Curves is an international fitness franchise for women that utilizes a 30-minute circuit on custom designed hydraulic strength training machines, interspersed with aerobic activities such as jogging in place. The circuit consists of up to 13 stations, covering the whole body, most of which are "double-positive" with no eccentric component. Resistance bands can simulate all the exercises provided by the Curves hydraulic machines, but with a "concentric-eccentric" pattern of resistance.
Stand on the middle of a length of tubing. Keeping your back straight, bend to grip the both ends of the tube with each hand and hold them firmly against the front of your shoulders. To work your quads and glutes, stand upright pushing with your legs against the band's resistance.
Grasp one end of a band while trailing the other end on the ground. Stand on the middle of the band so that it stretches a little between your foot and hand. To work the bicep, bring your palm up toward your shoulder, keeping your elbow close to your side. For your triceps, grasp the tubing behind your back and over the top of the opposite shoulder. Keeping elbow fixed, fully extend your arm.
Loop the band around your back while sitting upright on a chair. Grasp the ends in front of you with arms parallel and palms facing each other. To work your chest, push outward and fully extend your arms. For your back, remain in the chair and loop the band around your feet with legs extended. Hold the band with arms extended and pull back as far as your can keeping elbows close to your sides.
Sit on the middle of a band looped across a chair. Grasp both ends of the band and hold your hands against the front of your shoulders with palms facing out. To work your deltoids, straighten both arms vertically to a full range of motion. For lats, hold the band directly above your head with arms wider than shoulder width. Pull outward and downward until the band is level with the back of your head.
Stand upright with a band attached to your ankle and an external fixed point such as a heavy table. Keeping the side with your working leg closest to the table, allow your leg to be abducted by the band and then adduct it back against the band’s resistance. For abduction, turn your body so that your working leg is farthest away from the table. Abduct the leg against the band’s resistance.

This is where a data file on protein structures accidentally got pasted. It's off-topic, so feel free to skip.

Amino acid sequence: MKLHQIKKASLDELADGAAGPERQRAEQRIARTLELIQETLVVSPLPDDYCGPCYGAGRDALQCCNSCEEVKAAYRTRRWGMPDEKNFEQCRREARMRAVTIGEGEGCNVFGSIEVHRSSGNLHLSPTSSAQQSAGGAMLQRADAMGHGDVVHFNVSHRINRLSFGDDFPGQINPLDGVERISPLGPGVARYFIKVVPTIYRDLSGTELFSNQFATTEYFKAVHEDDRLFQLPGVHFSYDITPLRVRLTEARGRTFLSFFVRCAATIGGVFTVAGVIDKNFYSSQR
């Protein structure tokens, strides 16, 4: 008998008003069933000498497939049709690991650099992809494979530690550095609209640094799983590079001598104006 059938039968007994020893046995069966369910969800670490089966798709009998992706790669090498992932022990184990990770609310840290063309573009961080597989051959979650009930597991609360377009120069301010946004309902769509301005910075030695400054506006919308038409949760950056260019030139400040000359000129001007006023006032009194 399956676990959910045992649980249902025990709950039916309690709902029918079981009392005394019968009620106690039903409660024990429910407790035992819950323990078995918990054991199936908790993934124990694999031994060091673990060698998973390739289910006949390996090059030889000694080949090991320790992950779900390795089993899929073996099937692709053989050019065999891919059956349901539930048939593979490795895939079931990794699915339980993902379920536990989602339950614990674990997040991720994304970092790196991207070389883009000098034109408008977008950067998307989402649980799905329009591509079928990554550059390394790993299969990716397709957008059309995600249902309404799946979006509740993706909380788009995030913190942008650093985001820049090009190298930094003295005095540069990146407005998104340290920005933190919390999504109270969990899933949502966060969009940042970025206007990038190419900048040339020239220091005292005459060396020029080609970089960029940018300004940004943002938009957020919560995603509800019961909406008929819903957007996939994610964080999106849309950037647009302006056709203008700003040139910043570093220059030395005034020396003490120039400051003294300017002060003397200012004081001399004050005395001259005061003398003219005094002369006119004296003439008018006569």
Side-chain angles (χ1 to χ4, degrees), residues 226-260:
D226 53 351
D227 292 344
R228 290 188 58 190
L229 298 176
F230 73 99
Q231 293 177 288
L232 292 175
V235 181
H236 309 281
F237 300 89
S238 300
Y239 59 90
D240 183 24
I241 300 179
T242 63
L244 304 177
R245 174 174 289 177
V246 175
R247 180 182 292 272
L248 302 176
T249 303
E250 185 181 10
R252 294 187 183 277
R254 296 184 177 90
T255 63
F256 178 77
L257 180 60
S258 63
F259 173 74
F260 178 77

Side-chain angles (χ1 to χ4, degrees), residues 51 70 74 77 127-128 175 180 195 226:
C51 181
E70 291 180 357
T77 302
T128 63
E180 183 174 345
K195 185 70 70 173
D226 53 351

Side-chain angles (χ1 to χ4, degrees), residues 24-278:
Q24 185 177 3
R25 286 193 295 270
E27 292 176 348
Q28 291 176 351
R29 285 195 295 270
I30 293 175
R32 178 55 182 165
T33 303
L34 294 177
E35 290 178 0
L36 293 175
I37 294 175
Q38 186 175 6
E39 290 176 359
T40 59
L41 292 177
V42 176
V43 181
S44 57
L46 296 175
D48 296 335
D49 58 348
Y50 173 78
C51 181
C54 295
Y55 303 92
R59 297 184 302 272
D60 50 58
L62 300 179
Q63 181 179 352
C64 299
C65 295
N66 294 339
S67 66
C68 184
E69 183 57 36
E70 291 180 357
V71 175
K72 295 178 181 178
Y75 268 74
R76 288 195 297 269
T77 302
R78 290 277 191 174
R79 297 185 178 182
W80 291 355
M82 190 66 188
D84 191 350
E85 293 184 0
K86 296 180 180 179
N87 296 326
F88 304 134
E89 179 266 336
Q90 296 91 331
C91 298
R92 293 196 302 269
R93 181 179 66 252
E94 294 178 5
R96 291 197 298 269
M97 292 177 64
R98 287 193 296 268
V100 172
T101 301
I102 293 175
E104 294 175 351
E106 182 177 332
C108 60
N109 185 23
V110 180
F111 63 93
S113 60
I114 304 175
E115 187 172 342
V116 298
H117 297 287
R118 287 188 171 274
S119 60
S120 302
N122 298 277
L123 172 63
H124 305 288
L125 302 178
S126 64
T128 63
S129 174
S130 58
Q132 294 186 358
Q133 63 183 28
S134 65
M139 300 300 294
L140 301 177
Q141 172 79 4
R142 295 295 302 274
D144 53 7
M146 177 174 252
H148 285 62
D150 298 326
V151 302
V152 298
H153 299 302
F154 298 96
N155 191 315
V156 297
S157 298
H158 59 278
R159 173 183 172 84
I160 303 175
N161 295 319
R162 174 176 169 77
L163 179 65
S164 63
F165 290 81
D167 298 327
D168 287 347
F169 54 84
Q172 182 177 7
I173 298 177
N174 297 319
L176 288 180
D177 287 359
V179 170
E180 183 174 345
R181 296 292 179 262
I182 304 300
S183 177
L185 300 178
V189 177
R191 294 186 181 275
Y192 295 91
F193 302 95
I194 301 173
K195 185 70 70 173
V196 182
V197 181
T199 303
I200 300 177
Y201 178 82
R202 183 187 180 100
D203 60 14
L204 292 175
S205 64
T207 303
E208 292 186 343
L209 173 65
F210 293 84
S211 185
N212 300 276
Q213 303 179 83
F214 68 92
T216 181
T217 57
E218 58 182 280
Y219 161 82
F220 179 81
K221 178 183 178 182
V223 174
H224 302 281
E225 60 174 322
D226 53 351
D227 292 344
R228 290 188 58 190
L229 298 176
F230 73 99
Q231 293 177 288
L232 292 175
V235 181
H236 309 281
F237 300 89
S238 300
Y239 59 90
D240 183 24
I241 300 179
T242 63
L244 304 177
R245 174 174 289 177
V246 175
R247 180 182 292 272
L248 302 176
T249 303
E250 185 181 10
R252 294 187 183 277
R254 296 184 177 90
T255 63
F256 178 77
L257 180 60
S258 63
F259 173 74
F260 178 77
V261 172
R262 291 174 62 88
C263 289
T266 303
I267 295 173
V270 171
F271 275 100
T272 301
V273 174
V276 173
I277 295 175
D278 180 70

Lie supine on the floor and reach over your head to grasp one end of a band, with the other attached to a fixed external point. Keeping your arm and neck position fixed, curl up from the prone position. For back extension, adopt a single leg knee position with trunk leaning forward. Wrap the band around your upper back and attach it to a point directly in front of you. Extend your trunk at the hip.
Perform each step in rotation starting at any station. Add the jogging/walking in place station between each exercise. Additional Curves exercises can be simulated with resistance bands in the same way as the basic routine described above.
Cedric X. Bryant, Ph.D., chief exercise physiologist for the American Council on Exercise, cautions that the Curves circuit will increase your strength but, contrary to the Curves claims, will provide you with little cardiovascular benefit.
The Curves machines are hydraulic and most provide only a "double-positive" action, with no eccentric resistance. Strength development has been found to be severely limited by omitting eccentric contractions.
When performing your resistance band circuit, breathe out as you stretch the band and breathe in as it returns to its starting length.
Do not strain as you stretch out the tubing. If you cannot perform a full range of movement, choose a color that indicates less resistance.
Obtain clearance from your physician before starting your circuit routine.